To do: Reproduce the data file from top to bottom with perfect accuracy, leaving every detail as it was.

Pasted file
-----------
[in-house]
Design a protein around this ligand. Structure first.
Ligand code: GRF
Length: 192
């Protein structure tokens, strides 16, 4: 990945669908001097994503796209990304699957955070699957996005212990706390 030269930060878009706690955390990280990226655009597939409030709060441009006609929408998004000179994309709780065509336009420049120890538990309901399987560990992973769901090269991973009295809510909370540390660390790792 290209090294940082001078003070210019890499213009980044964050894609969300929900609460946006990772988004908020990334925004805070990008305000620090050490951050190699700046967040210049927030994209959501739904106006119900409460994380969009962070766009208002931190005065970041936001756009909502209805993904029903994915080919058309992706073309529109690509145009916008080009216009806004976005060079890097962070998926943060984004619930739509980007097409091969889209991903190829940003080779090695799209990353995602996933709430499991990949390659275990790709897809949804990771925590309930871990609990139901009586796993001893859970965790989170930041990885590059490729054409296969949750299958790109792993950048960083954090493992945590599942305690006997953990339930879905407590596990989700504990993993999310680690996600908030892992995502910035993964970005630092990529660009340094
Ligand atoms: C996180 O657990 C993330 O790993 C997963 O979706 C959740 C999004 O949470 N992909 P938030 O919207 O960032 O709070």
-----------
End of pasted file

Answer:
[in-house]
Design a protein around this ligand. Structure first.
Ligand code: GRF
Length: 192
């Protein structure tokens, strides 16, 4: 990945669908001097994503796209990304699957955070699957996005212990706390 030269930060878009706690955390990280990226655009597939409030709060441009006609929408998004000179994309709780065509336009420049120890538990309901399987560990992973769901090269991973009295809510909370540390660390790792 290209090294940082001078003070210019890499213009980044964050894609969300929900609460946006990772988004908020990334925004805070990008305000620090050490951050190699700046967040210049927030994209959501739904106006119900409460994380969009962070766009208002931190005065970041936001756009909502209805993904029903994915080919058309992706073309529109690509145009916008080009216009806004976005060079890097962070998926943060984004619930739509980007097409091969889209991903190829940003080779090695799209990353995602996933709430499991990949390659275990790709897809949804990771925590309930871990609990139901009586796993001893859970965790989170930041990885590059490729054409296969949750299958790109792993950048960083954090493992945590599942305690006997953990339930879905407590596990989700504990993993999310680690996600908030892992995502910035993964970005630092990529660009340094
Ligand atoms: C996180 O657990 C993330 O790993 C997963 O979706 C959740 C999004 O949470 N992909 P938030 O919207 O960032 O709070």